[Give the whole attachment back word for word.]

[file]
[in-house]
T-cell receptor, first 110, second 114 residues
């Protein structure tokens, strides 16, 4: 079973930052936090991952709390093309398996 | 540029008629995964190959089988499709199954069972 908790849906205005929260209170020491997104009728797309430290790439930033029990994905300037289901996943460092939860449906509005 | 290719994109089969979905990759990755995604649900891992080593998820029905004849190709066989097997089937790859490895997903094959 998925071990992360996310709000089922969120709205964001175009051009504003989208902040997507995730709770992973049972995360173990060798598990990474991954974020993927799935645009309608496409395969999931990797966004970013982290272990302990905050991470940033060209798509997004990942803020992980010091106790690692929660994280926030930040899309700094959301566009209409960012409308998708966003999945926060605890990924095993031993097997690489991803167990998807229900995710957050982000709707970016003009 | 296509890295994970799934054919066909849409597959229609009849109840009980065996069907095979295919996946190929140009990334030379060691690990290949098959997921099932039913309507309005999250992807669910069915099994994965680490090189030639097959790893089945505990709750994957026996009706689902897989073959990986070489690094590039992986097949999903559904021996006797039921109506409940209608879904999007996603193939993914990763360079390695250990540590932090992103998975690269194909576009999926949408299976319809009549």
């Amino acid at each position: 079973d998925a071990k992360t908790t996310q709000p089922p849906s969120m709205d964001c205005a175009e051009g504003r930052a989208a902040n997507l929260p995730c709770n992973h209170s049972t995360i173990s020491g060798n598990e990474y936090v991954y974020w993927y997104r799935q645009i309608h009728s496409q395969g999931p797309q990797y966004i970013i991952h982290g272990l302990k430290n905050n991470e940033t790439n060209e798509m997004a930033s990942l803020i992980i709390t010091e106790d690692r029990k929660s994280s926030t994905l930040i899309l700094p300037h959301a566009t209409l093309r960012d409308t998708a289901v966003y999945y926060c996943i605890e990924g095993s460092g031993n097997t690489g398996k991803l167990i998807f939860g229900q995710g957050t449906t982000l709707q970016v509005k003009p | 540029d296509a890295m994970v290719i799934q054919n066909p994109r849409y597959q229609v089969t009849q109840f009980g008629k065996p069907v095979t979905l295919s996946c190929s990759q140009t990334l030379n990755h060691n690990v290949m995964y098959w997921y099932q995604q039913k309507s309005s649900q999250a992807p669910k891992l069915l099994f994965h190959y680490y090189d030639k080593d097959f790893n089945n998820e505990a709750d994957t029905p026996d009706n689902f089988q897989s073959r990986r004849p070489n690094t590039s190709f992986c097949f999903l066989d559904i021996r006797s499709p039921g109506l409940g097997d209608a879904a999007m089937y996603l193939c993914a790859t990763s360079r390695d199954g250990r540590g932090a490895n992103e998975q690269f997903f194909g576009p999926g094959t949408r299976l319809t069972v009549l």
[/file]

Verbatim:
[in-house]
T-cell receptor, first 110, second 114 residues
């Protein structure tokens, strides 16, 4: 079973930052936090991952709390093309398996 | 540029008629995964190959089988499709199954069972 908790849906205005929260209170020491997104009728797309430290790439930033029990994905300037289901996943460092939860449906509005 | 290719994109089969979905990759990755995604649900891992080593998820029905004849190709066989097997089937790859490895997903094959 998925071990992360996310709000089922969120709205964001175009051009504003989208902040997507995730709770992973049972995360173990060798598990990474991954974020993927799935645009309608496409395969999931990797966004970013982290272990302990905050991470940033060209798509997004990942803020992980010091106790690692929660994280926030930040899309700094959301566009209409960012409308998708966003999945926060605890990924095993031993097997690489991803167990998807229900995710957050982000709707970016003009 | 296509890295994970799934054919066909849409597959229609009849109840009980065996069907095979295919996946190929140009990334030379060691690990290949098959997921099932039913309507309005999250992807669910069915099994994965680490090189030639097959790893089945505990709750994957026996009706689902897989073959990986070489690094590039992986097949999903559904021996006797039921109506409940209608879904999007996603193939993914990763360079390695250990540590932090992103998975690269194909576009999926949408299976319809009549």
């Amino acid at each position: 079973d998925a071990k992360t908790t996310q709000p089922p849906s969120m709205d964001c205005a175009e051009g504003r930052a989208a902040n997507l929260p995730c709770n992973h209170s049972t995360i173990s020491g060798n598990e990474y936090v991954y974020w993927y997104r799935q645009i309608h009728s496409q395969g999931p797309q990797y966004i970013i991952h982290g272990l302990k430290n905050n991470e940033t790439n060209e798509m997004a930033s990942l803020i992980i709390t010091e106790d690692r029990k929660s994280s926030t994905l930040i899309l700094p300037h959301a566009t209409l093309r960012d409308t998708a289901v966003y999945y926060c996943i605890e990924g095993s460092g031993n097997t690489g398996k991803l167990i998807f939860g229900q995710g957050t449906t982000l709707q970016v509005k003009p | 540029d296509a890295m994970v290719i799934q054919n066909p994109r849409y597959q229609v089969t009849q109840f009980g008629k065996p069907v095979t979905l295919s996946c190929s990759q140009t990334l030379n990755h060691n690990v290949m995964y098959w997921y099932q995604q039913k309507s309005s649900q999250a992807p669910k891992l069915l099994f994965h190959y680490y090189d030639k080593d097959f790893n089945n998820e505990a709750d994957t029905p026996d009706n689902f089988q897989s073959r990986r004849p070489n690094t590039s190709f992986c097949f999903l066989d559904i021996r006797s499709p039921g109506l409940g097997d209608a879904a999007m089937y996603l193939c993914a790859t990763s360079r390695d199954g250990r540590g932090a490895n992103e998975q690269f997903f194909g576009p999926g094959t949408r299976l319809t069972v009549l």